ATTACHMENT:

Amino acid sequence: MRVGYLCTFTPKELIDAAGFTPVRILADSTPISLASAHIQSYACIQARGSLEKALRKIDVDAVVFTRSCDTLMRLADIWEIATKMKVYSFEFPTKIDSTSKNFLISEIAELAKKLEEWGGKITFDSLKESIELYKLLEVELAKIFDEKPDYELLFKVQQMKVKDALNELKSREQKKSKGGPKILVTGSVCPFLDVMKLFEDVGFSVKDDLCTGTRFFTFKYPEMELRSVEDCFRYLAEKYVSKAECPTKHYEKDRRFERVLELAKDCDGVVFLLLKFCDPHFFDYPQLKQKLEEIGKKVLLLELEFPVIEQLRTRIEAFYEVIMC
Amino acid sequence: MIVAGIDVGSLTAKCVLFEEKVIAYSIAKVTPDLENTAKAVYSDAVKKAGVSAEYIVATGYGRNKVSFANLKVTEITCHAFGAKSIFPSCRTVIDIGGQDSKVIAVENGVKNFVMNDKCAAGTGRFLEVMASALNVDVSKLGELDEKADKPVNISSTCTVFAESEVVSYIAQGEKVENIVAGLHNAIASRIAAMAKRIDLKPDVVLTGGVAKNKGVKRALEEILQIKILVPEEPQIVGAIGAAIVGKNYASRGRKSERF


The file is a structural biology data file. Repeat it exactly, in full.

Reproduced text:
Amino acid sequence: MRVGYLCTFTPKELIDAAGFTPVRILADSTPISLASAHIQSYACIQARGSLEKALRKIDVDAVVFTRSCDTLMRLADIWEIATKMKVYSFEFPTKIDSTSKNFLISEIAELAKKLEEWGGKITFDSLKESIELYKLLEVELAKIFDEKPDYELLFKVQQMKVKDALNELKSREQKKSKGGPKILVTGSVCPFLDVMKLFEDVGFSVKDDLCTGTRFFTFKYPEMELRSVEDCFRYLAEKYVSKAECPTKHYEKDRRFERVLELAKDCDGVVFLLLKFCDPHFFDYPQLKQKLEEIGKKVLLLELEFPVIEQLRTRIEAFYEVIMC
Amino acid sequence: MIVAGIDVGSLTAKCVLFEEKVIAYSIAKVTPDLENTAKAVYSDAVKKAGVSAEYIVATGYGRNKVSFANLKVTEITCHAFGAKSIFPSCRTVIDIGGQDSKVIAVENGVKNFVMNDKCAAGTGRFLEVMASALNVDVSKLGELDEKADKPVNISSTCTVFAESEVVSYIAQGEKVENIVAGLHNAIASRIAAMAKRIDLKPDVVLTGGVAKNKGVKRALEEILQIKILVPEEPQIVGAIGAAIVGKNYASRGRKSERF